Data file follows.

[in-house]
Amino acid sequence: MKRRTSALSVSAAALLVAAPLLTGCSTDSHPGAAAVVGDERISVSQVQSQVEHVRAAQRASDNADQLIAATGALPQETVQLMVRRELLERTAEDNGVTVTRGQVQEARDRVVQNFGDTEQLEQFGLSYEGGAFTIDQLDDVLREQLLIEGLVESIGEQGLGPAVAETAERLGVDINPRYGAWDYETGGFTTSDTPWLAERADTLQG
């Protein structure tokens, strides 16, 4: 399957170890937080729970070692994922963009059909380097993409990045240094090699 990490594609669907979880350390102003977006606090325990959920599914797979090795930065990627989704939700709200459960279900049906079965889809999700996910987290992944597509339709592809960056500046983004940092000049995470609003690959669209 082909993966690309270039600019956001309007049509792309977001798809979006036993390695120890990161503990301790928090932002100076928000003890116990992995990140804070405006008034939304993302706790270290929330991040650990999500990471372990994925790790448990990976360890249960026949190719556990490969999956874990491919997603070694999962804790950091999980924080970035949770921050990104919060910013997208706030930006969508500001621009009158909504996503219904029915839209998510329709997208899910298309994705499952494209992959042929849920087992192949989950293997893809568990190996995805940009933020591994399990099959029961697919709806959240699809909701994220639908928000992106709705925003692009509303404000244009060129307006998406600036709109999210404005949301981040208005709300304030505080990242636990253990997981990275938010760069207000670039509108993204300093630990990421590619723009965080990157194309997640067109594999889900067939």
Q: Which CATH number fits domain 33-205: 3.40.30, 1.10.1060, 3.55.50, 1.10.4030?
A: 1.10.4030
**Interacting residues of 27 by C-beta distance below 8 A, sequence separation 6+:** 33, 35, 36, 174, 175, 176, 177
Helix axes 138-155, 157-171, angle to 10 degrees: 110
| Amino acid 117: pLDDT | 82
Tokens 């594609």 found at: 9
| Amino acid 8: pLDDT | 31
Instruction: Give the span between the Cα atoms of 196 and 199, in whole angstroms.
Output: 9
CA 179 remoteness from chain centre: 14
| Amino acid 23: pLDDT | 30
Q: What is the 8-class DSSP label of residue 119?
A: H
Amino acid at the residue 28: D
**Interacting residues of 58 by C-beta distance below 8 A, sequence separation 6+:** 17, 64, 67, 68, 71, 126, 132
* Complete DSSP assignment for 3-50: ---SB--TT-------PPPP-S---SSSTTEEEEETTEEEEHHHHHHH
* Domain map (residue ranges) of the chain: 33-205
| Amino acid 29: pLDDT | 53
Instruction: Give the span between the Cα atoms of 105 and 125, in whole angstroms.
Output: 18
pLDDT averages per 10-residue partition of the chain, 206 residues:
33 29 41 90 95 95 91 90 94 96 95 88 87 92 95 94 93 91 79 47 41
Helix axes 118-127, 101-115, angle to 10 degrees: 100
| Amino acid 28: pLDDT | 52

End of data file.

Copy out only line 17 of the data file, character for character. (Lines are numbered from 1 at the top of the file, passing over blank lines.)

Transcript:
Amino acid at the residue 28: D